Norwegian Elkhound Breed Guide
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Norwegian Elkhound Background & History
Originating in the rugged land of Norway, the Norwegian Elkhound dates back thousands of years and is one of the oldest breeds from the area. Along with other dogs from Norway, the Norwegian Elkhound was a beloved member of the Vikings and would join them on all escapades that needed a furry companion.
Back in the day, they were also loved for their hunting skills, but today you will most likely see them participating in flyball, agility training, lure coursing, and herding.
Norwegian Elkhound Personality Traits
The Norwegian Elkhound has a bold personality and a clownish sense of humor. They are also very independent by nature, which can make training efforts quite difficult if they have an inexperienced owner.
They are also known to be exceptionally loyal and will protect their family if they are ever in harm’s way. On a regular basis, the Norwegian Elkhound will be looking to be a part of the family any way they can, whether it be at the dinner table or on the couch. All in all, these companions are playful, loving, and protective- perfect for a family home.
Norwegian Elkhound Training Tips
An owner of the Norwegian Elkhound has to be very consistent when trying to train this breed. They tend to have a stubborn streak and will rebel against their owner if they are being forced to do something that they do not want to do. If you are having trouble training your Norwegian Elkhound, try enrolling him in a puppy obedience course for professional assistance.
Norwegian Elkhound Exercise Needs
If you are considering owning a Norwegian Elkhound, be prepared to take him on 30-minute walks at least two times a day. These canines are a highly active breed and need both mental and physical stimulation to stay happy and healthy. Daily exercise is also critical for this breed because they are prone to canine obesity, and need to constantly be exercising to maintain a healthy weight.
Norwegian Elkhound Lifespan
On average, the Norwegian Elkhound lives to be about 12 to 15 years old.
Breed Popularity of Norwegian Elkhounds
Because of their great companionship and impressive athleticism, the Norwegian Elkhound is a fairly popular breed in the United States. According to the American Kennel Club, these dogs are ranked as the 94th most popular breed in the U.S. today.
Norwegian Elkhound Feeding Requirements
This breed needs between 2 to 2 ½ cups of food every day, split into two equal meals. When choosing your dog food, look for products that contain all-natural and nutritious ingredients. Whatever you do, make sure to stay away from anything containing harmful fillers, byproducts, and preservatives that can be detrimental to your dog’s overall health.
Norwegian Elkhound Grooming
Normally throughout the year, the Norwegian Elkhound requires a weekly brushing, however when it’s shedding season, be sure to brush your pup every single day. This breeds coat naturally repels dirt and debris, making them a fairly clean dog without too much maintenance. They should only be bathed when they get into a mess, and if this happens, make sure to use a high-quality, veterinarian recommended shampoo.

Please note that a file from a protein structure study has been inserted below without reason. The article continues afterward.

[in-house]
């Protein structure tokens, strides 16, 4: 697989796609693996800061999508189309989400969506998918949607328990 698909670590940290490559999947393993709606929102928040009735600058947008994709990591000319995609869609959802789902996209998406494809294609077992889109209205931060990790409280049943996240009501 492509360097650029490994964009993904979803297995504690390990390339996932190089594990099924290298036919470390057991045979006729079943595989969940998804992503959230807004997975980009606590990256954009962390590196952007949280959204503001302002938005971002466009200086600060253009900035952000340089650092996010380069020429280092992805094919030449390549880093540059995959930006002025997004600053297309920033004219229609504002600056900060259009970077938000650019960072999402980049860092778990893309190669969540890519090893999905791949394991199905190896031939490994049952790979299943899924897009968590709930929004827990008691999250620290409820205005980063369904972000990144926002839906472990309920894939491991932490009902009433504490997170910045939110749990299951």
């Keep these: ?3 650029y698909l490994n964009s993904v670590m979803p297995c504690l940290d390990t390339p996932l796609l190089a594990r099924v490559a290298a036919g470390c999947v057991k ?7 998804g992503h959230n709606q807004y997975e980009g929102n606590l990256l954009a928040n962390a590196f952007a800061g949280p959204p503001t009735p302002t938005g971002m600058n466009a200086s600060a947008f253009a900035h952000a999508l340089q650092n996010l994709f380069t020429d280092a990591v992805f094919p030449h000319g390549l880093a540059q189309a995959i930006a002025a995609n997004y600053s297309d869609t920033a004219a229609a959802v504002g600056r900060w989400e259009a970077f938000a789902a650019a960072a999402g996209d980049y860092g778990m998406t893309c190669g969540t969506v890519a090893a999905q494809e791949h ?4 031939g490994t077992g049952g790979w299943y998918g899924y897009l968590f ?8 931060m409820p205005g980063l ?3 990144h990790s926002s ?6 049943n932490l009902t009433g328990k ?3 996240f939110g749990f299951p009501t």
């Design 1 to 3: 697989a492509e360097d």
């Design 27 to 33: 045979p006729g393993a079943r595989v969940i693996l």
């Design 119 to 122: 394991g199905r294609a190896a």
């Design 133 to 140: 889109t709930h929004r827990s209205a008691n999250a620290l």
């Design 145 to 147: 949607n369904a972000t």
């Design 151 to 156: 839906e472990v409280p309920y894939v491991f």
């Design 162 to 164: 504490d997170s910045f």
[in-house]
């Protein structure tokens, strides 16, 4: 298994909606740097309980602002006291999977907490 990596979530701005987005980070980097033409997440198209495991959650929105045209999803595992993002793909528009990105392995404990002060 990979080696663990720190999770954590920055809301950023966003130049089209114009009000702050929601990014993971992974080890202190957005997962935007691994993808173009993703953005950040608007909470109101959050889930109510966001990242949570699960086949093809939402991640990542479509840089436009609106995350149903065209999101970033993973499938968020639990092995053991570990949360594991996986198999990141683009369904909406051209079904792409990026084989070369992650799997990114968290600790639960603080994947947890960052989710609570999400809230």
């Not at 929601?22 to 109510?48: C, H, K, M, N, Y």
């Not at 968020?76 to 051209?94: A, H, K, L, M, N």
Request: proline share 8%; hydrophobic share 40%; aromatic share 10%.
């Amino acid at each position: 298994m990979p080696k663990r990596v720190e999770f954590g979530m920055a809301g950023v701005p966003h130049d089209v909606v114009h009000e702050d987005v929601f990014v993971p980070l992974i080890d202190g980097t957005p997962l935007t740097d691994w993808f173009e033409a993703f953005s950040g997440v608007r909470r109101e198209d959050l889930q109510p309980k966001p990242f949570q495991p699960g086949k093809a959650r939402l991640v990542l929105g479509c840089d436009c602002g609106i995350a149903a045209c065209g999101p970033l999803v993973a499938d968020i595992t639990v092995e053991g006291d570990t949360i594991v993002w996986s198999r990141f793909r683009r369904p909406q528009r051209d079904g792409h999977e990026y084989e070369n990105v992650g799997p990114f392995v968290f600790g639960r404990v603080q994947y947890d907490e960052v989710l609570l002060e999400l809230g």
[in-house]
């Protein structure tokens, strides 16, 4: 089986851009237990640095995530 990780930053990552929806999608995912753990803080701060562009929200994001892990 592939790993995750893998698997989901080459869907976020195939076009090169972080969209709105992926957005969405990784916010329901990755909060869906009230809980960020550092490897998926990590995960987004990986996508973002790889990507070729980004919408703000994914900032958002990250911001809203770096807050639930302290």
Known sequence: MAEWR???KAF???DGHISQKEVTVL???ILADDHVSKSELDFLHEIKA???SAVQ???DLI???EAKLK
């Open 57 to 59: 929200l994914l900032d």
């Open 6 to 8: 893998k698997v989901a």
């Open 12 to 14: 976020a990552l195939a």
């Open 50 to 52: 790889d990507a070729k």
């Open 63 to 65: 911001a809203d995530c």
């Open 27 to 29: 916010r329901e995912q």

Aside from their coat health, make sure to brush your dog’s teeth several times a week to avoid dental disease. Also, clean out his ears with a gentle cleaning solution to prevent infection.
Are Norwegian Elkhounds Good with Kids?
As long as the Norwegian Elkhound has been properly trained, they can serve as a perfect companion for children. This breed will love to play and protect the little ones all day long, just be sure that they are not dominating or controlling in any way. As always, make sure a parent is around to supervise any encounters between a child and a dog.
Norwegian Elkhound Health Problems
The Norwegian Elkhound is a healthy breed, but that does not exclude them from all canine health complications. Potential health problems that may affect this breed include:
Hypothyroidism: Hypothyroidism in dogs occurs when the thyroid gland produces an insufficient amount of hormones. When this happens, a dog may become lethargic, experience a change in weight, or develop some type of skin condition. Luckily for dogs that are diagnosed with this condition, hypothyroidism can be cured by taking a synthetic hormone pill.
Progressive Retinal Atrophy: This degenerative eye problem occurs when the retina in the eye becomes deteriorated. Once an animal is affected by canine PRA, they begin to experience vision loss and will eventually become blind.
Sebaceous Cysts: Sebaceous cysts can occur underneath the skin and usually require surgical removal.
Kidney Disease: Kidney disease is a common health condition that affects Norwegian Elkhounds. Although this can cause a number of different problems, this disease occurs when the kidney is no longer able to function how it should, resulting in total kidney failure. Symptoms of this disease usually include vomiting, weight loss, diarrhea, lethargy, or seizures.
National Breed Website: Norwegian Elkhound Association of America
Rescue: Norwegian Elkhound Rescue